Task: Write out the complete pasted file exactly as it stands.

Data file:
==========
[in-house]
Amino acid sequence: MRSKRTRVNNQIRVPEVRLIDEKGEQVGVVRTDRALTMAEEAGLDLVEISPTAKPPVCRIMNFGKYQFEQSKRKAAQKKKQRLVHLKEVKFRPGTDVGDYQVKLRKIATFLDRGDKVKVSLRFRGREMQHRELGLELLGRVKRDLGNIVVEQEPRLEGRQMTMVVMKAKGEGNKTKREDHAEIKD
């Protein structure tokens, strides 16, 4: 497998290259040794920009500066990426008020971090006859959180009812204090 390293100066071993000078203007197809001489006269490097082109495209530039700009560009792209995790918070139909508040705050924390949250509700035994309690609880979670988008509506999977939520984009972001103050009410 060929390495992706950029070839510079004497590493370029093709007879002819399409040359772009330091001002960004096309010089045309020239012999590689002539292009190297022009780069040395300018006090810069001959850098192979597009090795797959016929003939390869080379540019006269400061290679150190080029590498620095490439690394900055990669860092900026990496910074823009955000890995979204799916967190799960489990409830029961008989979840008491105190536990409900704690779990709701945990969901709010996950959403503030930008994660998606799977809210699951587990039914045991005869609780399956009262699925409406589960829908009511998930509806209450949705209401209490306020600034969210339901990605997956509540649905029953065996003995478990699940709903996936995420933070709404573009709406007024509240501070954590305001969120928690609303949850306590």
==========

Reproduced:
[in-house]
Amino acid sequence: MRSKRTRVNNQIRVPEVRLIDEKGEQVGVVRTDRALTMAEEAGLDLVEISPTAKPPVCRIMNFGKYQFEQSKRKAAQKKKQRLVHLKEVKFRPGTDVGDYQVKLRKIATFLDRGDKVKVSLRFRGREMQHRELGLELLGRVKRDLGNIVVEQEPRLEGRQMTMVVMKAKGEGNKTKREDHAEIKD
């Protein structure tokens, strides 16, 4: 497998290259040794920009500066990426008020971090006859959180009812204090 390293100066071993000078203007197809001489006269490097082109495209530039700009560009792209995790918070139909508040705050924390949250509700035994309690609880979670988008509506999977939520984009972001103050009410 060929390495992706950029070839510079004497590493370029093709007879002819399409040359772009330091001002960004096309010089045309020239012999590689002539292009190297022009780069040395300018006090810069001959850098192979597009090795797959016929003939390869080379540019006269400061290679150190080029590498620095490439690394900055990669860092900026990496910074823009955000890995979204799916967190799960489990409830029961008989979840008491105190536990409900704690779990709701945990969901709010996950959403503030930008994660998606799977809210699951587990039914045991005869609780399956009262699925409406589960829908009511998930509806209450949705209401209490306020600034969210339901990605997956509540649905029953065996003995478990699940709903996936995420933070709404573009709406007024509240501070954590305001969120928690609303949850306590």